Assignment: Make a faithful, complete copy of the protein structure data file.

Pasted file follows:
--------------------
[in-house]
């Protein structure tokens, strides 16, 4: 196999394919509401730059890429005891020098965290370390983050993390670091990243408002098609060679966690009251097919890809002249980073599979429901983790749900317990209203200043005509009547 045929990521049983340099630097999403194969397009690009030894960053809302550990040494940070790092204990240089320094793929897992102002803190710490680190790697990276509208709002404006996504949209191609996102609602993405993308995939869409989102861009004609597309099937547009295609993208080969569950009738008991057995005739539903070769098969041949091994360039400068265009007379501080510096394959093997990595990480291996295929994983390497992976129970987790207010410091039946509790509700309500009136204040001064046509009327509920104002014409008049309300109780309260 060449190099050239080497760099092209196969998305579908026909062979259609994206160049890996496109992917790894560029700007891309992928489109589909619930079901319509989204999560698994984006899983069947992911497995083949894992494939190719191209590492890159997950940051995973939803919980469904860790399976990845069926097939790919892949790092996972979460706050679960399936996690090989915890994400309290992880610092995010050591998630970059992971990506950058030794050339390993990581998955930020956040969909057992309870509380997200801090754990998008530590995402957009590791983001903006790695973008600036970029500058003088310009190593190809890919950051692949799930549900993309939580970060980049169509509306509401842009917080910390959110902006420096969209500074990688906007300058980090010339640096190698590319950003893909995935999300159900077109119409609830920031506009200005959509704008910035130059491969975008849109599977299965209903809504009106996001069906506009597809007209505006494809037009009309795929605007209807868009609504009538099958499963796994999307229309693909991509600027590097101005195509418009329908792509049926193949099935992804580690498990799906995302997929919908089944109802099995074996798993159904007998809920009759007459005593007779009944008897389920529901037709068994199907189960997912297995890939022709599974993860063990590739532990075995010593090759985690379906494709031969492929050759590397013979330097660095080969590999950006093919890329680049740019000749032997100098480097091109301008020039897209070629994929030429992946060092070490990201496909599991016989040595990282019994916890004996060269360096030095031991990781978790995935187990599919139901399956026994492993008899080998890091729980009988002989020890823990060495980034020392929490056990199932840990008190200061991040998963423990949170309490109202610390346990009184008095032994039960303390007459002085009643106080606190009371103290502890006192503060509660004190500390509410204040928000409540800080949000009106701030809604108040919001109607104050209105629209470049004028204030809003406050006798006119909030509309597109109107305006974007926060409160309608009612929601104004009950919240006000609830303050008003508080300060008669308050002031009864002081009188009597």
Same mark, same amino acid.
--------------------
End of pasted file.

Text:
[in-house]
């Protein structure tokens, strides 16, 4: 196999394919509401730059890429005891020098965290370390983050993390670091990243408002098609060679966690009251097919890809002249980073599979429901983790749900317990209203200043005509009547 045929990521049983340099630097999403194969397009690009030894960053809302550990040494940070790092204990240089320094793929897992102002803190710490680190790697990276509208709002404006996504949209191609996102609602993405993308995939869409989102861009004609597309099937547009295609993208080969569950009738008991057995005739539903070769098969041949091994360039400068265009007379501080510096394959093997990595990480291996295929994983390497992976129970987790207010410091039946509790509700309500009136204040001064046509009327509920104002014409008049309300109780309260 060449190099050239080497760099092209196969998305579908026909062979259609994206160049890996496109992917790894560029700007891309992928489109589909619930079901319509989204999560698994984006899983069947992911497995083949894992494939190719191209590492890159997950940051995973939803919980469904860790399976990845069926097939790919892949790092996972979460706050679960399936996690090989915890994400309290992880610092995010050591998630970059992971990506950058030794050339390993990581998955930020956040969909057992309870509380997200801090754990998008530590995402957009590791983001903006790695973008600036970029500058003088310009190593190809890919950051692949799930549900993309939580970060980049169509509306509401842009917080910390959110902006420096969209500074990688906007300058980090010339640096190698590319950003893909995935999300159900077109119409609830920031506009200005959509704008910035130059491969975008849109599977299965209903809504009106996001069906506009597809007209505006494809037009009309795929605007209807868009609504009538099958499963796994999307229309693909991509600027590097101005195509418009329908792509049926193949099935992804580690498990799906995302997929919908089944109802099995074996798993159904007998809920009759007459005593007779009944008897389920529901037709068994199907189960997912297995890939022709599974993860063990590739532990075995010593090759985690379906494709031969492929050759590397013979330097660095080969590999950006093919890329680049740019000749032997100098480097091109301008020039897209070629994929030429992946060092070490990201496909599991016989040595990282019994916890004996060269360096030095031991990781978790995935187990599919139901399956026994492993008899080998890091729980009988002989020890823990060495980034020392929490056990199932840990008190200061991040998963423990949170309490109202610390346990009184008095032994039960303390007459002085009643106080606190009371103290502890006192503060509660004190500390509410204040928000409540800080949000009106701030809604108040919001109607104050209105629209470049004028204030809003406050006798006119909030509309597109109107305006974007926060409160309608009612929601104004009950919240006000609830303050008003508080300060008669308050002031009864002081009188009597």
Same mark, same amino acid.